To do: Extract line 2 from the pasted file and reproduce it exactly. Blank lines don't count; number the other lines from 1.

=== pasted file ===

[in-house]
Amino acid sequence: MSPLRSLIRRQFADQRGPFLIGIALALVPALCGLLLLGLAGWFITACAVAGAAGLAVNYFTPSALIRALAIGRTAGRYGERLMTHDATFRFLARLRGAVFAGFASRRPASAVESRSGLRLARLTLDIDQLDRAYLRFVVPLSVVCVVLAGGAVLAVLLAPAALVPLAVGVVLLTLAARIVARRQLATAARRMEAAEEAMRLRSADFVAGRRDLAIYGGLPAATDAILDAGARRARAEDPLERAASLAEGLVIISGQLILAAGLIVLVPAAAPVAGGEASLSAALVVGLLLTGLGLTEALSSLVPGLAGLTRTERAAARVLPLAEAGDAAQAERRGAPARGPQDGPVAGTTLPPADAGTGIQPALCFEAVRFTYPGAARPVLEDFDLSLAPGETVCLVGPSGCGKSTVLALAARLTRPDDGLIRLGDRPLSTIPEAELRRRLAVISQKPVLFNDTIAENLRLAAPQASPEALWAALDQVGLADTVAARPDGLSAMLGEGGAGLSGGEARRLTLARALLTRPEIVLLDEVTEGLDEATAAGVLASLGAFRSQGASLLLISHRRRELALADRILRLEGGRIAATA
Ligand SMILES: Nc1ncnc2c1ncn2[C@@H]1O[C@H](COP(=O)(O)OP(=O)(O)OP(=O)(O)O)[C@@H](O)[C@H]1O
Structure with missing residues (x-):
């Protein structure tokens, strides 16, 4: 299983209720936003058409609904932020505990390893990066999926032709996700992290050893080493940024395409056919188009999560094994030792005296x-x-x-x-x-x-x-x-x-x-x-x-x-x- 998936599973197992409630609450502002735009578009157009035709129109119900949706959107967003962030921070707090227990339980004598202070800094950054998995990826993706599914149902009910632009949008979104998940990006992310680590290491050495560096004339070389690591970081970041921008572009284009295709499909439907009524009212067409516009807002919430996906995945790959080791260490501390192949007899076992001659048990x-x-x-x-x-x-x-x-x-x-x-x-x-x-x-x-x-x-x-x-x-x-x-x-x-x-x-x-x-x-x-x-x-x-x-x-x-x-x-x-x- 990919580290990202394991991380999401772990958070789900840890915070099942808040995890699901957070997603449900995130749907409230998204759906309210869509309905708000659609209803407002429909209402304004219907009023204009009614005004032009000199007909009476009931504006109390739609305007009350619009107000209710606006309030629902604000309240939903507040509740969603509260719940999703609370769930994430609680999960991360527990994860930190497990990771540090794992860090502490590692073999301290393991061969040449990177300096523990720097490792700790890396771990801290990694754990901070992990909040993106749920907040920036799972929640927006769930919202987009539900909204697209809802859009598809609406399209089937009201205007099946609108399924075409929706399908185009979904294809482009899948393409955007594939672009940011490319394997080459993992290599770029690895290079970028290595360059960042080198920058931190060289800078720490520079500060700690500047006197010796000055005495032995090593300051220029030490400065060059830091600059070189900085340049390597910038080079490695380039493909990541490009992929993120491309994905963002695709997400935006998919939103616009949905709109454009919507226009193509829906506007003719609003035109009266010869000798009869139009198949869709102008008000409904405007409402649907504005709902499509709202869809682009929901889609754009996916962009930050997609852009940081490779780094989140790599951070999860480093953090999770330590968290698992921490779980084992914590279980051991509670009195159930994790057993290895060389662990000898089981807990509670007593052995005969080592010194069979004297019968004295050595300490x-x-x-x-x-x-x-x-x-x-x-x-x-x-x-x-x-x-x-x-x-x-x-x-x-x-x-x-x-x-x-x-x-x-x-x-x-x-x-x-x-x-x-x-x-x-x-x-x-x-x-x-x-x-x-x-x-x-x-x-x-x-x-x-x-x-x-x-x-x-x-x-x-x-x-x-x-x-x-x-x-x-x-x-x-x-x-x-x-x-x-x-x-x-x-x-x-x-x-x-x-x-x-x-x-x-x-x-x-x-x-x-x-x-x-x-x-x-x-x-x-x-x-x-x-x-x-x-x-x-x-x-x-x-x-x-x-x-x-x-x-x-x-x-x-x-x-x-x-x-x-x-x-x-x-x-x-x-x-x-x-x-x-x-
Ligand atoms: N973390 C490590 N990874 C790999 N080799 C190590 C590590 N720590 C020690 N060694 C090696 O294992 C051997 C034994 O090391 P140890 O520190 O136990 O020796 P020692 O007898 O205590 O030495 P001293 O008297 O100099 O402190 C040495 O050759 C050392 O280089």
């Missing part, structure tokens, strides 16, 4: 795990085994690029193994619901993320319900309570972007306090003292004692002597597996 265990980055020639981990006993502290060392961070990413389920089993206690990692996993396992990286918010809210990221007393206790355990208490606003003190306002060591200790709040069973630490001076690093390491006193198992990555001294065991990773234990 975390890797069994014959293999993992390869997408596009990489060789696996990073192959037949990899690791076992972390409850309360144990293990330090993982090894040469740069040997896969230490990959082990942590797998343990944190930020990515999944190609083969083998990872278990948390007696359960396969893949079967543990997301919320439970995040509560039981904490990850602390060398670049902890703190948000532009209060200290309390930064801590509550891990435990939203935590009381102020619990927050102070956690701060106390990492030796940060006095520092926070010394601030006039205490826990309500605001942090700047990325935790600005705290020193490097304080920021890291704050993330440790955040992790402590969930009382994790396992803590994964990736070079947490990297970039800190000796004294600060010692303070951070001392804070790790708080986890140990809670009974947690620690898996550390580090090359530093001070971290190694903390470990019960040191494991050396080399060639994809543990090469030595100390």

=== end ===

Amino acid sequence: MSPLRSLIRRQFADQRGPFLIGIALALVPALCGLLLLGLAGWFITACAVAGAAGLAVNYFTPSALIRALAIGRTAGRYGERLMTHDATFRFLARLRGAVFAGFASRRPASAVESRSGLRLARLTLDIDQLDRAYLRFVVPLSVVCVVLAGGAVLAVLLAPAALVPLAVGVVLLTLAARIVARRQLATAARRMEAAEEAMRLRSADFVAGRRDLAIYGGLPAATDAILDAGARRARAEDPLERAASLAEGLVIISGQLILAAGLIVLVPAAAPVAGGEASLSAALVVGLLLTGLGLTEALSSLVPGLAGLTRTERAAARVLPLAEAGDAAQAERRGAPARGPQDGPVAGTTLPPADAGTGIQPALCFEAVRFTYPGAARPVLEDFDLSLAPGETVCLVGPSGCGKSTVLALAARLTRPDDGLIRLGDRPLSTIPEAELRRRLAVISQKPVLFNDTIAENLRLAAPQASPEALWAALDQVGLADTVAARPDGLSAMLGEGGAGLSGGEARRLTLARALLTRPEIVLLDEVTEGLDEATAAGVLASLGAFRSQGASLLLISHRRRELALADRILRLEGGRIAATA